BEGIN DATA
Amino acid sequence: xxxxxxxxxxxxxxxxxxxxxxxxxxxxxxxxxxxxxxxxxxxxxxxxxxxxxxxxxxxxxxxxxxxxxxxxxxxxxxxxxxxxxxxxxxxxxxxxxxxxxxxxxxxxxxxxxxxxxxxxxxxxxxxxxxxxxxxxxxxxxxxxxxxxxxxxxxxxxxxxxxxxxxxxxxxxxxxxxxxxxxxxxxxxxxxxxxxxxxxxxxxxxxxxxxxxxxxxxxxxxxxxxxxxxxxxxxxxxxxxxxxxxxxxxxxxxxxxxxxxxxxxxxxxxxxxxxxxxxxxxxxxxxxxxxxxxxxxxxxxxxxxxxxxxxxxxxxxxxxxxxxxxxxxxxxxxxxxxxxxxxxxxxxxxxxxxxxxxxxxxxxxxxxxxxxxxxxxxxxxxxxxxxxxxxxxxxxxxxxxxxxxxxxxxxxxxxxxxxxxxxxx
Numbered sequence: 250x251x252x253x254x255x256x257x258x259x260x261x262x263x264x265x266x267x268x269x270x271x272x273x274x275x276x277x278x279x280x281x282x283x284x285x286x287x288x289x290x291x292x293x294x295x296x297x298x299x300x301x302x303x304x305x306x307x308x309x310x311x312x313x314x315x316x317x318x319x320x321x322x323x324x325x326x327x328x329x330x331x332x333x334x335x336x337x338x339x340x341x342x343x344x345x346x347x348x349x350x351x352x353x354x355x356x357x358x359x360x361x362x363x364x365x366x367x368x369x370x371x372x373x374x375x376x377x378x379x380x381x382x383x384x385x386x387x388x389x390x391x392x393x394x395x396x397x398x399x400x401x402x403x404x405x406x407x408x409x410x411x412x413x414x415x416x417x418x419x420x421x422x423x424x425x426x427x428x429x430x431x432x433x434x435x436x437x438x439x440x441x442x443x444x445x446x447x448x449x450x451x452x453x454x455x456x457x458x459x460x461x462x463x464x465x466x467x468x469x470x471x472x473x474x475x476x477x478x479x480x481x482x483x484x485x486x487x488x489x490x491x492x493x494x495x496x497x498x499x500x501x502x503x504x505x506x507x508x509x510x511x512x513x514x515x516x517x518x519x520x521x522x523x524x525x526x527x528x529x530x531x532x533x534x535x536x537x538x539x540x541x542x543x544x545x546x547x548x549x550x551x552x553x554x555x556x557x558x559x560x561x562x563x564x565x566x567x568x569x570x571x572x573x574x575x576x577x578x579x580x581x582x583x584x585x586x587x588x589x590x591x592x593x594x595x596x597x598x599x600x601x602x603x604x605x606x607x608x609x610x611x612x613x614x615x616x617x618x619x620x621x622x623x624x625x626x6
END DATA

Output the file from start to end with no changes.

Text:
Amino acid sequence: xxxxxxxxxxxxxxxxxxxxxxxxxxxxxxxxxxxxxxxxxxxxxxxxxxxxxxxxxxxxxxxxxxxxxxxxxxxxxxxxxxxxxxxxxxxxxxxxxxxxxxxxxxxxxxxxxxxxxxxxxxxxxxxxxxxxxxxxxxxxxxxxxxxxxxxxxxxxxxxxxxxxxxxxxxxxxxxxxxxxxxxxxxxxxxxxxxxxxxxxxxxxxxxxxxxxxxxxxxxxxxxxxxxxxxxxxxxxxxxxxxxxxxxxxxxxxxxxxxxxxxxxxxxxxxxxxxxxxxxxxxxxxxxxxxxxxxxxxxxxxxxxxxxxxxxxxxxxxxxxxxxxxxxxxxxxxxxxxxxxxxxxxxxxxxxxxxxxxxxxxxxxxxxxxxxxxxxxxxxxxxxxxxxxxxxxxxxxxxxxxxxxxxxxxxxxxxxxxxxxxxxx
Numbered sequence: 250x251x252x253x254x255x256x257x258x259x260x261x262x263x264x265x266x267x268x269x270x271x272x273x274x275x276x277x278x279x280x281x282x283x284x285x286x287x288x289x290x291x292x293x294x295x296x297x298x299x300x301x302x303x304x305x306x307x308x309x310x311x312x313x314x315x316x317x318x319x320x321x322x323x324x325x326x327x328x329x330x331x332x333x334x335x336x337x338x339x340x341x342x343x344x345x346x347x348x349x350x351x352x353x354x355x356x357x358x359x360x361x362x363x364x365x366x367x368x369x370x371x372x373x374x375x376x377x378x379x380x381x382x383x384x385x386x387x388x389x390x391x392x393x394x395x396x397x398x399x400x401x402x403x404x405x406x407x408x409x410x411x412x413x414x415x416x417x418x419x420x421x422x423x424x425x426x427x428x429x430x431x432x433x434x435x436x437x438x439x440x441x442x443x444x445x446x447x448x449x450x451x452x453x454x455x456x457x458x459x460x461x462x463x464x465x466x467x468x469x470x471x472x473x474x475x476x477x478x479x480x481x482x483x484x485x486x487x488x489x490x491x492x493x494x495x496x497x498x499x500x501x502x503x504x505x506x507x508x509x510x511x512x513x514x515x516x517x518x519x520x521x522x523x524x525x526x527x528x529x530x531x532x533x534x535x536x537x538x539x540x541x542x543x544x545x546x547x548x549x550x551x552x553x554x555x556x557x558x559x560x561x562x563x564x565x566x567x568x569x570x571x572x573x574x575x576x577x578x579x580x581x582x583x584x585x586x587x588x589x590x591x592x593x594x595x596x597x598x599x600x601x602x603x604x605x606x607x608x609x610x611x612x613x614x615x616x617x618x619x620x621x622x623x624x625x626x6